Valentin Foltescu, the air quality manager with the European Environment Agency, worried that susceptible people, such as the elderly and those with cardiac or respiratory disorders, would be overtaken by the poor air quality.
“There is a high correlation of pollution and mortality,” Foltescu stated.
The Internet was buzzing recently with the news that Florida’s Department of Environmental Protection was forbidden to use the terms “climate change” or “global warning” in any official communications. Governor Rick Scott does not believe that climate change is caused by human activity, and his opinions, rather than scientific research, dictate state policy.
Gov. Scott’s stance is going to make it more difficult for him to work with the Federal Emergency Management Agency (FEMA). Starting next year, FEMA will only limit disaster preparedness funds to states that have plans for hazards caused or aggravated by climate change. Scott and other governors who prefer to believe that climate change isn’t real will lose millions of dollars in FEMA funds for their states. As of March 2016, any state wishing disaster preparedness funds will need to determine how climate change threatens their states, and make plans accordingly. For Florida, this would include rising sea levels. For California, this would include droughts. Other states might have climate change affecting rainfall, blizzards, or tornadoes.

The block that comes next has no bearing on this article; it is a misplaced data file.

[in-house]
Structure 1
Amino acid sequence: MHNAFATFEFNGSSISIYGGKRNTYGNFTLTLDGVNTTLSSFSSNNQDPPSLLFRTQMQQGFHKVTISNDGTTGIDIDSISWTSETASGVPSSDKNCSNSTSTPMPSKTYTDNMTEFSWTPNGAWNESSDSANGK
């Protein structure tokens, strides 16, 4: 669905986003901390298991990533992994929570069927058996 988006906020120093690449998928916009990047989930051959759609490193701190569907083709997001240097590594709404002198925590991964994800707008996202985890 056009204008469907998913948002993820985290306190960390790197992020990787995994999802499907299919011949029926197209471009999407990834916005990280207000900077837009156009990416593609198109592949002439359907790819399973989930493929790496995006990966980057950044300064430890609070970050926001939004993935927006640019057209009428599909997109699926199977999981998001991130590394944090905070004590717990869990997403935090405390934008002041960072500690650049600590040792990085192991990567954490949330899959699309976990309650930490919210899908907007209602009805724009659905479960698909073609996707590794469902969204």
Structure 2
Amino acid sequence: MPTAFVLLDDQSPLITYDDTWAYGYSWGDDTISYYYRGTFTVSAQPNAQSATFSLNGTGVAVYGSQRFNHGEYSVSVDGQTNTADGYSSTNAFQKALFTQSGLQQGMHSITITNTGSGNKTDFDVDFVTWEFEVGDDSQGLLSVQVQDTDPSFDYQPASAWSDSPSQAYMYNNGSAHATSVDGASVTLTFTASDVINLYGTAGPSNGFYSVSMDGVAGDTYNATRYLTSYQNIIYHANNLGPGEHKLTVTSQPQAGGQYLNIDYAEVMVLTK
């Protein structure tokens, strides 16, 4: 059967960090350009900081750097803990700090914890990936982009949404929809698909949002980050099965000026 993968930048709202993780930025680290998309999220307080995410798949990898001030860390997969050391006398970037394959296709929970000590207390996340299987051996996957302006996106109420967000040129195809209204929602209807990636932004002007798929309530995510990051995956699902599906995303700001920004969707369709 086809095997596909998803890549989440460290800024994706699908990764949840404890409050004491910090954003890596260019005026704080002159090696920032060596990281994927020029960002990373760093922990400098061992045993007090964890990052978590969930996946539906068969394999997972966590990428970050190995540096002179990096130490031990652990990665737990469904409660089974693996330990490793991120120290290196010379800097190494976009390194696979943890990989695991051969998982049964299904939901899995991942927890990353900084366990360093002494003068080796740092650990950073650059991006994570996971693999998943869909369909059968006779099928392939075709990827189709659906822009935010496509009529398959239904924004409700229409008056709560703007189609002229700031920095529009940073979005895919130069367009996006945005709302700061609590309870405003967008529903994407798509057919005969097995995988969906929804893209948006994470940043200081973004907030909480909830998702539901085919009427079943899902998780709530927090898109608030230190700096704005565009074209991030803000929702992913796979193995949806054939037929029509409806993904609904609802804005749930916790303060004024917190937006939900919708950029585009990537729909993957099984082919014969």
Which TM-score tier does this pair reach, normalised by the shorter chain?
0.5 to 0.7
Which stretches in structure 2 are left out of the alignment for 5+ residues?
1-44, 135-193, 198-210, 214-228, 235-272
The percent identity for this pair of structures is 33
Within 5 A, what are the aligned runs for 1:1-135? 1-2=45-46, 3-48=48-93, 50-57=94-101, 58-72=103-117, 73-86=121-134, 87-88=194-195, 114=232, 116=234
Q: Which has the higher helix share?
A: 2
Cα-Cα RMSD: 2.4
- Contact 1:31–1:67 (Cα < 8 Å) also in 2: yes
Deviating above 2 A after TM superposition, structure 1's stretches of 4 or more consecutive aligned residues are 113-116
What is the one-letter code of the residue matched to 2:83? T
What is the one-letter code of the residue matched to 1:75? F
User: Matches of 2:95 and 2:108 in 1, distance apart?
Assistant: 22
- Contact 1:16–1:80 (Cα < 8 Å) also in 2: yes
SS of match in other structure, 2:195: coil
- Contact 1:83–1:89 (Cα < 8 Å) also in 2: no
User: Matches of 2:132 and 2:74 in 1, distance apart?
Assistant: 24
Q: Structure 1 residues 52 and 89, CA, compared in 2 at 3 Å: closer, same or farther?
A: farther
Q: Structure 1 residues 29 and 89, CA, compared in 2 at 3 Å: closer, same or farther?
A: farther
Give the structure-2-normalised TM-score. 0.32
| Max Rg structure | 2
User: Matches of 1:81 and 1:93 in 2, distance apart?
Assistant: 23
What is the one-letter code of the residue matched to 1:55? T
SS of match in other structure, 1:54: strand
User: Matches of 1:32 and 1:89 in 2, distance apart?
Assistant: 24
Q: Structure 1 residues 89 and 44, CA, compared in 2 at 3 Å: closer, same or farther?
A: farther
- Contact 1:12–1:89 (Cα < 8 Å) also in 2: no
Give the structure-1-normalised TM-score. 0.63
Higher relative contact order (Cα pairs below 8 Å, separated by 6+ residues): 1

In addition to Florida’s Rick Scott, Louisiana’s Bobby Jindal, Texas’ Greg Abbott, North Carolina’s Pat McCrory, and New Jersey’s Christ Christie have either denied that humanity’s actions affect climate change or have refused to take action to mitigate the effects of climate change. People at Imagine Advantage have learned that, if these governors don’t change their minds, their citizens may suffer the consequences of their putting their opinions over scientific research.